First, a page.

Yes, The So-Called "Palestinian Arabs" Are Canaanites

March 15, 2011
MOLOCH, god of the Canaanites
An “alternative history narrative” has been promoted by Arab propagandists and their fellow-travellers.

The Arabs who reside in the territory of the former Mandate of Palestine, which dissolved on May 15, 1948 after the UN recommended on November 29, 1947 it be partitioned as a Jewish state, and Arab state and a special regime which was rejected by the Arabs, claim to be the direct descendents of the pagan peoples of the Bible who lived in this region 4000 years ago. The ramifications of this are critical to any peace process.

In August 1996, an official “Culture festival” was held at Sebastya (p. 163) with Arab youth dresses as “Canaanites”. Others appeared as Girgashites, Ammorites and Perizites, et al.
As explained in this article by David Wenkel who holds a master’s degree in Christian thought from Trinity International University in Deerfield, Illinois:
Many Palestinian Arabs, including such prominent figures as Yasir Arafat and Faisal Husseini, claim that Palestinians descended from the Canaanite tribe of the Jebusites. Such declarations should not surprise. History is political. Many Middle Eastern cultures and states retroactively claim roots to the ancient tribes and empires in order to legitimize their modern nationalism…How significant, then, is the Palestinian-Jebusite link? Connections between modern Palestinians and ancient Jebusites would trump the Jewish claim by predating it and legitimize the Palestinian claim to Jerusalem and Israel. The political and diplomatic impact is clear, especially as Palestinian leaders insist that Israel forfeit sovereignty over Jerusalem….

And in further detail:
The claim to Jebusite heritage within the Palestinian community is a recent construct… Andrew S. Buchanan, then a doctoral candidate in international relations from St. Andrews University, Scotland, framed this claim to “uninterrupted continuity” with Jebusites and Canaanites…The Palestinian-Jebusite linkage first appeared in the Arabic literature. Rashid Khalidi, a Palestinian activist and historian, wrote that in the mid- or late 1960s, Palestinian nationalism developed a historiography that “anachronistically read back into the history of Palestine over the past few centuries, and even millennia, a nationalist consciousness and identity that are in fact relatively modern.” In an accompanying footnote, he wrote that this historical “outlook” created a “predilection for seeing in peoples such as the Canaanites, Jebusites, Amorites, and Philistines the lineal ancestors of the modern Palestinians.”…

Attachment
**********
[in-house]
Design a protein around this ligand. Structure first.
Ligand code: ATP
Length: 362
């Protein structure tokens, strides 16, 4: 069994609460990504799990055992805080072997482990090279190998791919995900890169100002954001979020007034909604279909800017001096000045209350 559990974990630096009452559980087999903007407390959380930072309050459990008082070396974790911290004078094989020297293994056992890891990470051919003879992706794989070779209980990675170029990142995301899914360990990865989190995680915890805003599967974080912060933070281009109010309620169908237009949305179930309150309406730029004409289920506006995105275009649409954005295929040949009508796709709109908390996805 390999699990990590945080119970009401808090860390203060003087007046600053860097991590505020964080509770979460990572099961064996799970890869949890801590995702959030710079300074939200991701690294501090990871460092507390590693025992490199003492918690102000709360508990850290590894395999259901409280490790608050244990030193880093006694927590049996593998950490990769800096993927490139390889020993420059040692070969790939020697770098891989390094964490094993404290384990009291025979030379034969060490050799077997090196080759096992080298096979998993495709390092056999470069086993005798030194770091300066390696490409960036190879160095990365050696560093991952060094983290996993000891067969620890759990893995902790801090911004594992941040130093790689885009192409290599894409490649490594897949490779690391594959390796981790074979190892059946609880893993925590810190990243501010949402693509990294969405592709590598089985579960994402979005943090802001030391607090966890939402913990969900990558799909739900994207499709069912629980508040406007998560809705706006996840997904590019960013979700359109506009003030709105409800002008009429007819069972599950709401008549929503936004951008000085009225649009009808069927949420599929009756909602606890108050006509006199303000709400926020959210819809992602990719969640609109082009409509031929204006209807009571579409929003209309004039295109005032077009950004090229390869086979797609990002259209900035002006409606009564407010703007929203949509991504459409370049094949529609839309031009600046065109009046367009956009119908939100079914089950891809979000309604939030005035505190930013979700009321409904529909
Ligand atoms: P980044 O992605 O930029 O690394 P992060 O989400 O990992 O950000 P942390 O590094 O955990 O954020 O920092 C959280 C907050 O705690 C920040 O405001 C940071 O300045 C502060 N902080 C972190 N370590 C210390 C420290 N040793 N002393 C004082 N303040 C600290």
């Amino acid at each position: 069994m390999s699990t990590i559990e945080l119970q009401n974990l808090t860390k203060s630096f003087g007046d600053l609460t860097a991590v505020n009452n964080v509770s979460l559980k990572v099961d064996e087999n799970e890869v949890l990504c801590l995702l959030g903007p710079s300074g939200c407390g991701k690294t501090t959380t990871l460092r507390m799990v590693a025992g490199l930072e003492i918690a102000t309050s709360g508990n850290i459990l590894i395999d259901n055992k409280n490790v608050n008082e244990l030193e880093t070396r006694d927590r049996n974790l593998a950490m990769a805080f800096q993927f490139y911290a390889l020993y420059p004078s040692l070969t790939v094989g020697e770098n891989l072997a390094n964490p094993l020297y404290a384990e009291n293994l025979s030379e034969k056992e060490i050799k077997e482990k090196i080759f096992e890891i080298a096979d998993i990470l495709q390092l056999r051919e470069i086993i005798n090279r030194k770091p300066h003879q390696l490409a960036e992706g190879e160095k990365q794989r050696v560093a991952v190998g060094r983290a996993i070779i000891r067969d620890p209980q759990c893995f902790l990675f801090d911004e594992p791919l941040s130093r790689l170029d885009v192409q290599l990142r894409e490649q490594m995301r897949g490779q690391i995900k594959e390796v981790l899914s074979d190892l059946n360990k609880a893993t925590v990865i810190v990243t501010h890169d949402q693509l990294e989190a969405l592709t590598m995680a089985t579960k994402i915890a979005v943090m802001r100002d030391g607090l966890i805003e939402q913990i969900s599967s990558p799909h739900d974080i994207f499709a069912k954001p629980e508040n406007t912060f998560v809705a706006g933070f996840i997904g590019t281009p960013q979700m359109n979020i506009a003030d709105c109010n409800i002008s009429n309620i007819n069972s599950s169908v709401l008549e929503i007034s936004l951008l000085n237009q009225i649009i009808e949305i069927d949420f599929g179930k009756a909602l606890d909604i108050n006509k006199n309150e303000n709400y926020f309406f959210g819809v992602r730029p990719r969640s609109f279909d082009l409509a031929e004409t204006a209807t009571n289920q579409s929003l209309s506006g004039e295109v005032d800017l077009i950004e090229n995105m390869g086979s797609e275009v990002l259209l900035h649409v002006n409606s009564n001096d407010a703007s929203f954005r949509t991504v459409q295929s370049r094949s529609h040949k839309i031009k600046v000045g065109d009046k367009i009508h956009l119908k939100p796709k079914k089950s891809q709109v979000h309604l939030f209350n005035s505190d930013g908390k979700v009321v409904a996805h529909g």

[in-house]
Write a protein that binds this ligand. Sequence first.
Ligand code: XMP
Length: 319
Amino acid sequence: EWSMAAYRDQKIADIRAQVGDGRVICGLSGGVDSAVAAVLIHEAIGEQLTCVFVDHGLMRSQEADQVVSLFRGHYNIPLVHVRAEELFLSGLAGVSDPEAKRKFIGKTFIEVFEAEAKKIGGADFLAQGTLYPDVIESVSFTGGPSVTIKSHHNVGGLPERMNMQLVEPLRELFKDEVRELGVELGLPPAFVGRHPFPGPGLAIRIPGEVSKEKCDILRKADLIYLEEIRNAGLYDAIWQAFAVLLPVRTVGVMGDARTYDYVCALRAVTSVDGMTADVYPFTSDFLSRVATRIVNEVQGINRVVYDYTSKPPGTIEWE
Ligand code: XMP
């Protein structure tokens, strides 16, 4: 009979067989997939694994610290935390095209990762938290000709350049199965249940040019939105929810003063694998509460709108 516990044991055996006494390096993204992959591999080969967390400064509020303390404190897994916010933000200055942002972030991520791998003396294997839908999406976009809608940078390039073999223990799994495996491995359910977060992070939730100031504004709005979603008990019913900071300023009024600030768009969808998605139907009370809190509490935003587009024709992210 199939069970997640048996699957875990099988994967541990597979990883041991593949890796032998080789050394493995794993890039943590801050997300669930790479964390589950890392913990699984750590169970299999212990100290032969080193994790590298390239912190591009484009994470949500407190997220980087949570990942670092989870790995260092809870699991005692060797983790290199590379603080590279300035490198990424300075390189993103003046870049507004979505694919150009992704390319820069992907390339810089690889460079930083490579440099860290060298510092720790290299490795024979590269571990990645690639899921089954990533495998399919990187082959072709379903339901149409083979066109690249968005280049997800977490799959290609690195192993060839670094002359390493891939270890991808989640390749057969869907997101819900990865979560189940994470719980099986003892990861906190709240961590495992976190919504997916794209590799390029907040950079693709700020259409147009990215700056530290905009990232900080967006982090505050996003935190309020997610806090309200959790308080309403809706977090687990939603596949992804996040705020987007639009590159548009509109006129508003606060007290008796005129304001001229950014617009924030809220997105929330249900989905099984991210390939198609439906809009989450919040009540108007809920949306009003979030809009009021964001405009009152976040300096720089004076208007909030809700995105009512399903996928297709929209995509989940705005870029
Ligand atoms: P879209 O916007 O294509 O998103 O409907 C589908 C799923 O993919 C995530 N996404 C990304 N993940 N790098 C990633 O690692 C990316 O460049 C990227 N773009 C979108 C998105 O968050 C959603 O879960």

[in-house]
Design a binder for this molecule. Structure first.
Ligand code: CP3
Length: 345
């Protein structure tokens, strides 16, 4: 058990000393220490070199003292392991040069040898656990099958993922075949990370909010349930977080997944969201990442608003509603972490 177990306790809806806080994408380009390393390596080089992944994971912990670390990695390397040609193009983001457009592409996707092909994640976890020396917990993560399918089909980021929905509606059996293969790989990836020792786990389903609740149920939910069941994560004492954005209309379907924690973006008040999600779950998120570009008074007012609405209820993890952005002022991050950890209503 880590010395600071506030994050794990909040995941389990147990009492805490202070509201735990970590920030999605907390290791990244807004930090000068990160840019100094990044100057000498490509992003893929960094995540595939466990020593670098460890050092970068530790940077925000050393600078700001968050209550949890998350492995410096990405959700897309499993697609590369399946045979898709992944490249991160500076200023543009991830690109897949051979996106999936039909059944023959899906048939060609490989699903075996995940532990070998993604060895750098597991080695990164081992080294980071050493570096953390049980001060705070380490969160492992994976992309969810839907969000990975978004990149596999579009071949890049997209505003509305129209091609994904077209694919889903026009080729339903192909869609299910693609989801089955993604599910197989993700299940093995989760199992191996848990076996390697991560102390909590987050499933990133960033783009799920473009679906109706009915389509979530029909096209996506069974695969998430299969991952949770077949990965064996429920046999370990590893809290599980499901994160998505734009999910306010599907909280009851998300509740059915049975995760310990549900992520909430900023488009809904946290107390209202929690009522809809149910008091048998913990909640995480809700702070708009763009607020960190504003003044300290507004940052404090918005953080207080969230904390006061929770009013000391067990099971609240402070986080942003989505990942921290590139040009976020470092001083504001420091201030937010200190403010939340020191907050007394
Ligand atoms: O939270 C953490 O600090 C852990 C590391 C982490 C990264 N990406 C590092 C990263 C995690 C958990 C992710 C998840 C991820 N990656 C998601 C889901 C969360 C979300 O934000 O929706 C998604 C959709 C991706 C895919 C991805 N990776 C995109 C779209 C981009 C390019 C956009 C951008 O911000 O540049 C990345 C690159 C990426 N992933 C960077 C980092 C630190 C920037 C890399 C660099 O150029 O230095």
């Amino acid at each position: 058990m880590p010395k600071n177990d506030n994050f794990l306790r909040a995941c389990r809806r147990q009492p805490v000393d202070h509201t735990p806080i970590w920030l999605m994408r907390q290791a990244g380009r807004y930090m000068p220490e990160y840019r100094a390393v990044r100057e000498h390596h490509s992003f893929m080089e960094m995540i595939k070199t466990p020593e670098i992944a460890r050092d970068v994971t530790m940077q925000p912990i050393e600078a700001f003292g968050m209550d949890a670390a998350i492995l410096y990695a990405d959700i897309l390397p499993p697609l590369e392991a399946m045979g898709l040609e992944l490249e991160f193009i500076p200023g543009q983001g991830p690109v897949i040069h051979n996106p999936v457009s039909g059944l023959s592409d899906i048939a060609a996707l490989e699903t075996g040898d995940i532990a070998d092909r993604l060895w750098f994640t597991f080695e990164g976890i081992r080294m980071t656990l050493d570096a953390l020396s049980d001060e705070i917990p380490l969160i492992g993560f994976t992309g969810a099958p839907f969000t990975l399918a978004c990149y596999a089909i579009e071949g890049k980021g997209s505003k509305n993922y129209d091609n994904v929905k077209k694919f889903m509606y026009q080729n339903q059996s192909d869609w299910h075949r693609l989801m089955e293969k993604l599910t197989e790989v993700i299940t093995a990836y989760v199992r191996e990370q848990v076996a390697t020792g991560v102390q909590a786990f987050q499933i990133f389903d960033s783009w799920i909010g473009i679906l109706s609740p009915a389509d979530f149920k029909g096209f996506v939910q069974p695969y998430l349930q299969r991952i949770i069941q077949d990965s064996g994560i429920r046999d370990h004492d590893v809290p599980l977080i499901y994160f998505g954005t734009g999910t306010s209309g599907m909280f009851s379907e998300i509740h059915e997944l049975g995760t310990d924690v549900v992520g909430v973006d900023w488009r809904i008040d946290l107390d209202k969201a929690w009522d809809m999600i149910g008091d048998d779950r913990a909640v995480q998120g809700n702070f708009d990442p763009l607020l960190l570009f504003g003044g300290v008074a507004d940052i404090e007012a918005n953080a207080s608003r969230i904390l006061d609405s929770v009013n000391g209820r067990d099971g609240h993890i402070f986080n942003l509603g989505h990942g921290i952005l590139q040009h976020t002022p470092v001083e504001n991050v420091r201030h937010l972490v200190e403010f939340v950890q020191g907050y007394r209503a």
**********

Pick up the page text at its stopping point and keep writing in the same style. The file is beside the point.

…the 1978 Al-Mawsu’at Al-Filastinniya (Palestinian encyclopedia)…declared, “The Palestinians [to be] the descendants of the Jebusites, who are of Arab origin,” and described Jerusalem as “an Arab city because its first builders were the Canaanite Jebusites, whose descendants are the Palestinians…By 2001, what Khalidi once attributed to anachronistic revisionism, he came to promote when he attached his name to an article published by the American Committee for Jerusalem which declared, without corroborating evidence, that “According to a number of historians and scholars, many of the Arabs of Jerusalem today, indeed the majority of Palestinian Arabs, are descendants of the ancient Jebusites and Canaanites.” Khalidi now argued that Palestinians did not descend from those who arrived with Muhammad’s armies, but rather, “native Palestinians, both Christian and Muslim Arabs, are of a mixed race whose connection with the land reaches back into very early history.”…

PASSIA, an official Arab body, has a rather unique Jerusalem chronology which ‘establishes’ the Jebusite basis the predates the Jews but also links it to the Arabs by a simple trick: it minimizes and ignores Jewish existence in any form.
(And, by the way, read this dispute.)
I have dealt in a series of posts (here; and here; and here and see other references there) on the “In Canaanite Eyes” theory of Nur Masalha.
But perhaps there is something to all this hocus-pocus. Maybe some Arabs are descended from pagan Canaanites, like those that engaged in human sacrifice. Some dispute that practice. Others do not (and here; and also here; as well as here).
The act of ritual murder committed on the Fogel family in Itamar on Shabbat night was “worthy” of Arabs who champion their Canaanite roots. The barbarism, the immorality, the inherent evil in such an act will forever signify the futility of coexistence and peace with such people.
And the only hope is that they will disappear just as the Canaanite and Jebusite and Ammorite civilizations did.
written by My Right Word